Do not expect, bewildered by your tears,
An easy answer for the heart or mind,
Nor sudden truth to blaze from the unseen,
Nor magic respite from the wound that sears..
As with many others, when I think about and try to understand these recent events, I am left asking "Why?" "Why did this happen?" Yet events such as the tragic ones from September 11, 2001 were beyond anyone's control--a sudden, unexplainable loss.
It is human nature to want to answer the question "Why?" yet at times like these it may be difficult if not impossible to find an answer. Often times the question "Why?" is more of a plea for meaning and understanding. The thoughts of Rabbi Earl Grollman are helpful for coping with this difficult question:
Now death has shaken your faith, "Why?" "Why must life be one of sorrow?" "Why?" There are no pat answers. No one completely understands the mystery of death. Even if the question were answered, Would you pain be eased, your loneliness less terrible?Asking "Why" may be counterproductive, especially to the healing process. Perhaps we should be asking "What can I do about it now?," "How can I help?" or "How do I pick up the pieces and go on living as meaningful as possible?"
"Why" may be more than a question. It may be an agonizing cry for a heart-breaking loss, an expression of distress, disappointment, bewilderment, alienation, and betrayal. There is no answer that bridges the chasm of irreparable separation. There is no satisfactory response for an unresolvable dilemma. Not all questions have complete answers. Unanswered "Why's" are part of life. The search may continue but the real question might be "How [do I] pick up the pieces and go on living as meaningful as possible?"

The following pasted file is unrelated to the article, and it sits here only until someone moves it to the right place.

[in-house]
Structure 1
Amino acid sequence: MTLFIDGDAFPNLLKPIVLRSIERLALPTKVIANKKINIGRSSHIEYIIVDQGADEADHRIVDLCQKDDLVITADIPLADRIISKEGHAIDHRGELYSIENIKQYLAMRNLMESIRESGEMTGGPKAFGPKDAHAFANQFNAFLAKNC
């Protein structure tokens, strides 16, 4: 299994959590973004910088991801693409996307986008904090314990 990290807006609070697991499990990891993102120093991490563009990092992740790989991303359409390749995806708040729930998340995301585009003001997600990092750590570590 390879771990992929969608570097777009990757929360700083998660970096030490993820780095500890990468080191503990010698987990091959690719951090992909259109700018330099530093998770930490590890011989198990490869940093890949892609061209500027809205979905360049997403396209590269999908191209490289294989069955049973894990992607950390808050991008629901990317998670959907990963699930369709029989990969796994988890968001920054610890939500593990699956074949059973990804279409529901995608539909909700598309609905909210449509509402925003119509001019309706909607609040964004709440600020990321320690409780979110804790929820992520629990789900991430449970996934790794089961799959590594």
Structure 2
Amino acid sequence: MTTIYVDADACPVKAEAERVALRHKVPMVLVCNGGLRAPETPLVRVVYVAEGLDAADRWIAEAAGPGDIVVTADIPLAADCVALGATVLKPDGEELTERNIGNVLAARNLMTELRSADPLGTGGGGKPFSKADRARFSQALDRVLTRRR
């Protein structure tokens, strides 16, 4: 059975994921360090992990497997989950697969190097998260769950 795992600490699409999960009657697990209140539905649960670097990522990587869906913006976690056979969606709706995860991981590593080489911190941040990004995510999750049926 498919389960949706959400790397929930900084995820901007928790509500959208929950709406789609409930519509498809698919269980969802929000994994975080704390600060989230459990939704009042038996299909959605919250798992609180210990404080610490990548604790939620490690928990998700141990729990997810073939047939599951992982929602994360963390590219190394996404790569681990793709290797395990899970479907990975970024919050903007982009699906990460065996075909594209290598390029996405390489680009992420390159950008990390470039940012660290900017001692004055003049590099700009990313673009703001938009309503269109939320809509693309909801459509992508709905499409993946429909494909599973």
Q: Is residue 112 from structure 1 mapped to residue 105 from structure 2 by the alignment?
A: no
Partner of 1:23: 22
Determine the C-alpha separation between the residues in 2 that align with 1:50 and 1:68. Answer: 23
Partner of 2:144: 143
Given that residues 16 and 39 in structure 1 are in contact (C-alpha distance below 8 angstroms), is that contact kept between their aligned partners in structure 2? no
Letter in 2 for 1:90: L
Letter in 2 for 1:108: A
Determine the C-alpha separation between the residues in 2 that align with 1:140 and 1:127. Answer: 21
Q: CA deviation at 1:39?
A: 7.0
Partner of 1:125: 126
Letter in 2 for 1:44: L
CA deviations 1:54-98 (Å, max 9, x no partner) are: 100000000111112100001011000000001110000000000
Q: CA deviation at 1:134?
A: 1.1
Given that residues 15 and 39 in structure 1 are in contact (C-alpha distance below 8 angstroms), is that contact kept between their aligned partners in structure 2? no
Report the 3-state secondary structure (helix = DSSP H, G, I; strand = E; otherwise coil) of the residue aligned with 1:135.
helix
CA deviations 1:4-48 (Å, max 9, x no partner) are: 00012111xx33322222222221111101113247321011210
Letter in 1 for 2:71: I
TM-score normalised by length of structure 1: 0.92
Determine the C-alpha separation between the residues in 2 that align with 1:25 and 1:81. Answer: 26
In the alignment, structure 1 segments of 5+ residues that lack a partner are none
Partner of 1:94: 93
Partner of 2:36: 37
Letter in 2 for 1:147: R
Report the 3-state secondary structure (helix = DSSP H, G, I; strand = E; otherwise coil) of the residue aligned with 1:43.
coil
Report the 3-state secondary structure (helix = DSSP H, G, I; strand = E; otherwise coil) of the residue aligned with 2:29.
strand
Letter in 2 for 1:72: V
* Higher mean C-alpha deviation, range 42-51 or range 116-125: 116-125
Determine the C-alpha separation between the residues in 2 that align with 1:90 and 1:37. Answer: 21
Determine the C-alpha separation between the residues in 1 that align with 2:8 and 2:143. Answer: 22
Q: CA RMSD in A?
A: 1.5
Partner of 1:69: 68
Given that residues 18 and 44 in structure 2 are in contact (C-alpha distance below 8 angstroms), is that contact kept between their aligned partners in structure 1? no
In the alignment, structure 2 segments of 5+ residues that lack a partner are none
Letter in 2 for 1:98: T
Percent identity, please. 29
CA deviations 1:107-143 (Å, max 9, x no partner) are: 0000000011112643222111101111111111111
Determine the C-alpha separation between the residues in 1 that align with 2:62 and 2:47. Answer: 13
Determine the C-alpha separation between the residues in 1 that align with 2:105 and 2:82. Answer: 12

The three phrases
that I should let go from my mind, if I want to be serene
"What if?" "If only..." and "Why Me?"
Those who have witnessed and survived this tragedy have received a "Wake-Up" call. We have been given the chance to reassess and re-evaluate our lives. Because of the magnitude of this event, the need for self reflection was even greater, as we are reminded that life is so precious. Goals, plans, purchases which were once important the week prior to the event now seem trivial by comparison. Life is very different now.
Perhaps the events of September 11 will become a wake up for change and reform, for education and listening. When enough people--the public and the politicians, the political leaders--in the right places become angered and move towards activism, things will change. With luck, we can hope that after living through these events it will make us understand the suffering of others as we will no longer turn our backs on others who are grieving. Most of all we should appreciate that life is very short, and time with loved ones precious.
There are some improvements in our national character that have come about because of this tragedy. We're a softer people, we're a more deeply sober people. I think we realize now our vulnerabilities in a way that make us appreciate the fragility of life, that make us kinder to each other...I think that when you suffer, you're more sensitive to the suffering of others.
|United in Courage and Grief
- Introduction Page
Why does my heart feel so bad?
What is Different about this Event?
The Importance of Telling the Story
Wake-up Call for the World
Health Concerns for Witnesses
|Blessings, Lyrics, Poems & Quotes
Remembering Our Children
Helping Children to Cope with Tragedy
Ways of Helping & Coping
Share your thoughts Transformations on the Journey